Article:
John Stuart Mill On Orthodox Judaism

Most people probably do not consider utilitarian philosopher John Stuart Mill to be any sort of an authority on Judaism. In fact, I doubt Mill himself would have considered himself to be such an expert. But I did find one passage of his which perfectly captures the state of discourse and debate in Orthodox Judaism.

The following paragraphs are from the beginning of Mill’s The Subjection of Women which I proudly bought for $6 at a Barnes and Noble moving sale. Mill’s basic argument is against the automatic social, economic, and political disadvantages imposed on women from birth. As an introduction to his argument, Mill explains the uphill battle he faces in challenging the widely accepted status quo. While his observations are generic enough to be applicable in many other areas (politics, business, academics etc), I’d like to put this in the context particularly in how Orthodox Jews engage matters of religion be it halakhic or theological, and perhaps recalling my own personal hashkafa series.

Note: Although I tried copying verbatim, I apologize for any spelling and punctuation errors. Because Mill has a tendency for run-on sentences, I bolded one particular segment for particular emphasis so as not to get lost in the paragraph.

The very words necessary to express the task I have undertaken, show how arduous it is. But it would be a mistake to suppose that the difficulty of the case must lie in the insufficiency or obscurity of the grounds of reason on which my conviction rests. The difficulty is that which exists in all cases in which there is a mass of feeling to be contended against. So long as an opinion is strongly rooted in the feelings, it gains rather than loses in stability by having a preponderating weight of evidence against it. For if it were accepted as the result of argument, the refutation of the argument might shake the solidity of the conviction; but when it rests solely on feeling, the worse it fares in argumentative contest, the more persuaded its adherents are that their feeling must have some deeper ground, which the arguments to not reach; and while the feeling remains, it is always throwing up fresh entrenchments of argument to repair any breach made in the old. And there are so many causes tending to make the feelings connected with this subject the most intense and deeply rooted of all those which gather round and protect old institutions and customs, that we need not wonder to find them as yet less undermined and loosened than any of the rest by the progress of the great modern and spiritual and social transition; nor suppose that the barbarisms to which men cling longest must be less barbarism than those which they earlier shake off.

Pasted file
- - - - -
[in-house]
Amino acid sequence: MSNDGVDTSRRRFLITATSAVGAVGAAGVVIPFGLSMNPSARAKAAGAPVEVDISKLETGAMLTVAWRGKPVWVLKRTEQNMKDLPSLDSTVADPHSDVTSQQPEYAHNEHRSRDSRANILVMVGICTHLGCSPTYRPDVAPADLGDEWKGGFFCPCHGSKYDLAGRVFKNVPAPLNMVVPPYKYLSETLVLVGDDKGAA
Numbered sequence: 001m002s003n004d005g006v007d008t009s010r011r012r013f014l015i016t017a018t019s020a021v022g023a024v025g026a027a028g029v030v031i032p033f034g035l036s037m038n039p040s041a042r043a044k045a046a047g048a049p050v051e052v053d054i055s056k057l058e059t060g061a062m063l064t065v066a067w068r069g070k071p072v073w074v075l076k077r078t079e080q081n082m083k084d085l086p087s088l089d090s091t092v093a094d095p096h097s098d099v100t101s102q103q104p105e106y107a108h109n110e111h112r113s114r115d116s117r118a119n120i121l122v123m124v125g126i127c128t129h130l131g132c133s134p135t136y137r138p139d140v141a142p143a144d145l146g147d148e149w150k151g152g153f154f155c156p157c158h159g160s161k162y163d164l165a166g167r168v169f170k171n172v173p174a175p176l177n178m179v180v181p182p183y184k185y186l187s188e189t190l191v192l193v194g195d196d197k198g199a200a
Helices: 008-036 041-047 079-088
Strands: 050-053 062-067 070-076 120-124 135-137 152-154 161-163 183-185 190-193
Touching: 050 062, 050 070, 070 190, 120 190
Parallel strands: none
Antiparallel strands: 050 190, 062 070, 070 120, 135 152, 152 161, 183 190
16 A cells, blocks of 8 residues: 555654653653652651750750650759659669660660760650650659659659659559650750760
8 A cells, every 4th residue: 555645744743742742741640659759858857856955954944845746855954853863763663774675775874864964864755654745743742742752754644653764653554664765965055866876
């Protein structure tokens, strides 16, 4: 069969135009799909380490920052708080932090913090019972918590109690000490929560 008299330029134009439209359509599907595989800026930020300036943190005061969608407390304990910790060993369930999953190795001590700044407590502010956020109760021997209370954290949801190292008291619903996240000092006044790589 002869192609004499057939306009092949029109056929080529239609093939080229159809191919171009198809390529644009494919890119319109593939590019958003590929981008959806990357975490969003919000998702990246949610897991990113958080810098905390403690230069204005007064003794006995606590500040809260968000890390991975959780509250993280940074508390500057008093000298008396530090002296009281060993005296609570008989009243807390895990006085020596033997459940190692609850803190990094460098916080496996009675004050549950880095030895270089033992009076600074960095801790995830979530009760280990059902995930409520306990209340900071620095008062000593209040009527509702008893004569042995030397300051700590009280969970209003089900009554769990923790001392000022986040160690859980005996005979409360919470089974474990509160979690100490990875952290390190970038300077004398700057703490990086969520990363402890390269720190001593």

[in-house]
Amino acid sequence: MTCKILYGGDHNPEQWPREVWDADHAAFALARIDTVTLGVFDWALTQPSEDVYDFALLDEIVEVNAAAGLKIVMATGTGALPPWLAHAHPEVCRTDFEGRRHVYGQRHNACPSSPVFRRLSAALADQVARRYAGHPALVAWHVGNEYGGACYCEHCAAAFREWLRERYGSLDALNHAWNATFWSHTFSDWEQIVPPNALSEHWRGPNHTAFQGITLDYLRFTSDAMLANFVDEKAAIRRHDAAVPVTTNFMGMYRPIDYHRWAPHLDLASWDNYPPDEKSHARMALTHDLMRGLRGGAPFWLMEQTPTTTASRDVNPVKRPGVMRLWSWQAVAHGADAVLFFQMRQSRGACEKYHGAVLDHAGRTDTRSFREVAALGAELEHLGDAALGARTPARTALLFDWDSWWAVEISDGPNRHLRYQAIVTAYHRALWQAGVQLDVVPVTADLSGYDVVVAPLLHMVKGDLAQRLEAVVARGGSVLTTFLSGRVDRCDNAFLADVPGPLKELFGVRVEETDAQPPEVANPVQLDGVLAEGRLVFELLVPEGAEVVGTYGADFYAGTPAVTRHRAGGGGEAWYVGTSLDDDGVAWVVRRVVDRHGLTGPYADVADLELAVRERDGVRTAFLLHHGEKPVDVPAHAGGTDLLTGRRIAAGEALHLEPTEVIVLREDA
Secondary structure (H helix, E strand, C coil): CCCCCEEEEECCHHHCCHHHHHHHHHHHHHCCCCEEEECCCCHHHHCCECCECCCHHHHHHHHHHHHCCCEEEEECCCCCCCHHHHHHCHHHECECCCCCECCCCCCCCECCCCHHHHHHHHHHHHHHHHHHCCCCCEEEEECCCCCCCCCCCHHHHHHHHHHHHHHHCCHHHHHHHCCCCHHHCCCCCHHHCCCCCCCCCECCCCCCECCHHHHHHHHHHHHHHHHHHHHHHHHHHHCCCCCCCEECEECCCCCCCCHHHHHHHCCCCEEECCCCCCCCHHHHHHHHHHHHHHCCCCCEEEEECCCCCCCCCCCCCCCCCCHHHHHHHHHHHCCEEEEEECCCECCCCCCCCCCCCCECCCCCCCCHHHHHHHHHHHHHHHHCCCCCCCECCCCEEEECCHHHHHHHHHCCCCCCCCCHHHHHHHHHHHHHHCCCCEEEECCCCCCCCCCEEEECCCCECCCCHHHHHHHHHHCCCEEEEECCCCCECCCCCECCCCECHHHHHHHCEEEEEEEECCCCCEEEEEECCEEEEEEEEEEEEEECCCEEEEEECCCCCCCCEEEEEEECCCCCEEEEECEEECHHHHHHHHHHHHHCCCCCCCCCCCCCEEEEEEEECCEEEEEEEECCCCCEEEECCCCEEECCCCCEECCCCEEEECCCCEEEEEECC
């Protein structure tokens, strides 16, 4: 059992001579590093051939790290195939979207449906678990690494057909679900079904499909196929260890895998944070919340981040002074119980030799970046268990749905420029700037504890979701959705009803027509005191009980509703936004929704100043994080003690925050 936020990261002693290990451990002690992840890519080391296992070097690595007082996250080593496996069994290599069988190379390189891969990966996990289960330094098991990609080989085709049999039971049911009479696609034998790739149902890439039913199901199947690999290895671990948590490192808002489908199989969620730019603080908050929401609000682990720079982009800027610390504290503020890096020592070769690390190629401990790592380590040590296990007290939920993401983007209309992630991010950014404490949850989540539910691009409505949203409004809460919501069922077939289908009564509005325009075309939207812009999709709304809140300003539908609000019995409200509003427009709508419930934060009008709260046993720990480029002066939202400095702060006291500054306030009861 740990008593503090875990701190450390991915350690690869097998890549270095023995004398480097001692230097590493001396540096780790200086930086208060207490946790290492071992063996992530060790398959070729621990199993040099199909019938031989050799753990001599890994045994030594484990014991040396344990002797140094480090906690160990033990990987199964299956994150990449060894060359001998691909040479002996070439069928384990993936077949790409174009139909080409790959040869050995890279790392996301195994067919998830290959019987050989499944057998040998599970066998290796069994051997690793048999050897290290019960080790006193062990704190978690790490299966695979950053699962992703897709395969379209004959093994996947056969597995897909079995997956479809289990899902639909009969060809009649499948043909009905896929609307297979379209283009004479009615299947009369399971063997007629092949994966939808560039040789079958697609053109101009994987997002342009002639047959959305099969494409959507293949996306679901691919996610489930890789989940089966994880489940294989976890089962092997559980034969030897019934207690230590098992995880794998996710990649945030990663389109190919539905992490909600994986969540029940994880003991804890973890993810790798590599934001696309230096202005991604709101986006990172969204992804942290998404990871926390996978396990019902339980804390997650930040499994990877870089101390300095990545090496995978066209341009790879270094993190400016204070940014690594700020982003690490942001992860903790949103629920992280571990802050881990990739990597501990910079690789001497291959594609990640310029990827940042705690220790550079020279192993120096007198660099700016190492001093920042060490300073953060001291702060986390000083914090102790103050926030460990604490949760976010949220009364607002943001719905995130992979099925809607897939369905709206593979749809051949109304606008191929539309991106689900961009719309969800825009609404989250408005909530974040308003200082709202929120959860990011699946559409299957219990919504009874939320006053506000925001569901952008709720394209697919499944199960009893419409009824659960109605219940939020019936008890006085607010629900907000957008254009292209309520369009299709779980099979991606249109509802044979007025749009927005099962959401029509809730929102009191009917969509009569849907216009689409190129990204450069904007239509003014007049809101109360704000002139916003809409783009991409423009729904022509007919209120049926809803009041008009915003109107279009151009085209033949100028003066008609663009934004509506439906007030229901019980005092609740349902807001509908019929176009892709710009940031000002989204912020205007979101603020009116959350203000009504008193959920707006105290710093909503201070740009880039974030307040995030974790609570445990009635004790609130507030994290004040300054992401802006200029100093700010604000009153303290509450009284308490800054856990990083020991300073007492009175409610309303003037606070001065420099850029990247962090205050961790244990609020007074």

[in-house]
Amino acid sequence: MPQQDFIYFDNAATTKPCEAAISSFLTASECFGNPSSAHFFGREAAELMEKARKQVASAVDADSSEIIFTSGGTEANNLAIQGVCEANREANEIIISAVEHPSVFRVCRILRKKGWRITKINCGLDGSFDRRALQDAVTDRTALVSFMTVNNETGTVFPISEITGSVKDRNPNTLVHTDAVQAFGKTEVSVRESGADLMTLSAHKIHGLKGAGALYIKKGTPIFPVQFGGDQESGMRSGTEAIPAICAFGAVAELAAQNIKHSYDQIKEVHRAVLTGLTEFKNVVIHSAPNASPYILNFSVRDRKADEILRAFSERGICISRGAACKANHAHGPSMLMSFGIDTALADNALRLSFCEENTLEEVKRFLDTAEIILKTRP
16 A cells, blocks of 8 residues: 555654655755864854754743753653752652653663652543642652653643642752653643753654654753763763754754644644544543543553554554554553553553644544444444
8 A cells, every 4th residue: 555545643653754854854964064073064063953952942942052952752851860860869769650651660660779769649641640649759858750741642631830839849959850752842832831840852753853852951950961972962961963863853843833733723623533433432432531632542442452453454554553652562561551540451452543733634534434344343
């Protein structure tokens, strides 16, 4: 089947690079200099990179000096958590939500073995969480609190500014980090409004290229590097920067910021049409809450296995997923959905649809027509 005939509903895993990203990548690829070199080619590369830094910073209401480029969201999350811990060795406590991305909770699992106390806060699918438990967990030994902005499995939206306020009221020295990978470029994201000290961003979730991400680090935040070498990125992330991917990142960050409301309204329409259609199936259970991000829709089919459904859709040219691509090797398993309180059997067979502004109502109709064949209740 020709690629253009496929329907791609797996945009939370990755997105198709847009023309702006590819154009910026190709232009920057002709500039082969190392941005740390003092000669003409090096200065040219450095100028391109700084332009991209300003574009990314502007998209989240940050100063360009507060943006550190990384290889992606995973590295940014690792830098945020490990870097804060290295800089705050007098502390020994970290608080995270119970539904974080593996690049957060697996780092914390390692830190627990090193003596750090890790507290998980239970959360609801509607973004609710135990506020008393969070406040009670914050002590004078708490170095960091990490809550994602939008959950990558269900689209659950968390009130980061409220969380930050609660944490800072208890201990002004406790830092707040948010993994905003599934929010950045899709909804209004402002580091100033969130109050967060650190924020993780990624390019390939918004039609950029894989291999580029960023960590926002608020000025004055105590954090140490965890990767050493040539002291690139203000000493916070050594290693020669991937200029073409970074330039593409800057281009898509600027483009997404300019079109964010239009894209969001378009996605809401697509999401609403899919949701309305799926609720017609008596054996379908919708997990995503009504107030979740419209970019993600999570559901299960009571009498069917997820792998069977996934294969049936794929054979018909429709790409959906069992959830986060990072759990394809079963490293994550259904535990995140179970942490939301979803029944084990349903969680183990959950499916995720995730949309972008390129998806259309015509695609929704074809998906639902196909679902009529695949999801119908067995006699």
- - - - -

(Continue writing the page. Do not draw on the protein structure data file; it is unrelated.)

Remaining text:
In every respect the burden is hard on those who attack an almost universal opinion. They must be very fortunate, as well as unusually capable, if they obtain a hearing at all. They have more difficulty in obtaining a trail, than any other litigants have in getting a verdict. If they do exhort a hearing, they are subjected to a set of logical requirements totally different from those exacted from other people. In all other cases, the burden of proof is supposed to lie with the affirmative. If a person is charged with murder, it rests with those who accuse him to prove his guilt, not with himself to prove his innocence. If there is a difference of opinion about the reality of any alleged historical event, in which the feelings of men in general are not much interested, as the Siege of Troy for example, those who maintain that the even took place are expected to produce their proofs, before those who take the other side can be required to say anything; and are at no time are these required to do more than show that the evidence produced by others is of no value…

Before I could hope to make any impression, I should be expected not only to answer all that has ever been said by those who take the other side of the question, but to imagine all that could be said by them – to find them in reasons, as well as answer all I find: and besides refuting all arguments for the affirmative, I shall be called upon for invincible positive arguments to prove a negative. And even if I could do all this, and leave the opposite party with a host of unanswered arguments against them, and not a single unrefuted one on their side, I should thought to have done little; for a cause supported by universal usage, and on the other by so great a preponderance of popular sentiment, is supposed to have a presumption in its favor superior to any conviction which an appeal to reason has power to produce in any intellects of a high class.

Posted in Jewish Thought, Theology, and Machshava. Tagged with , .

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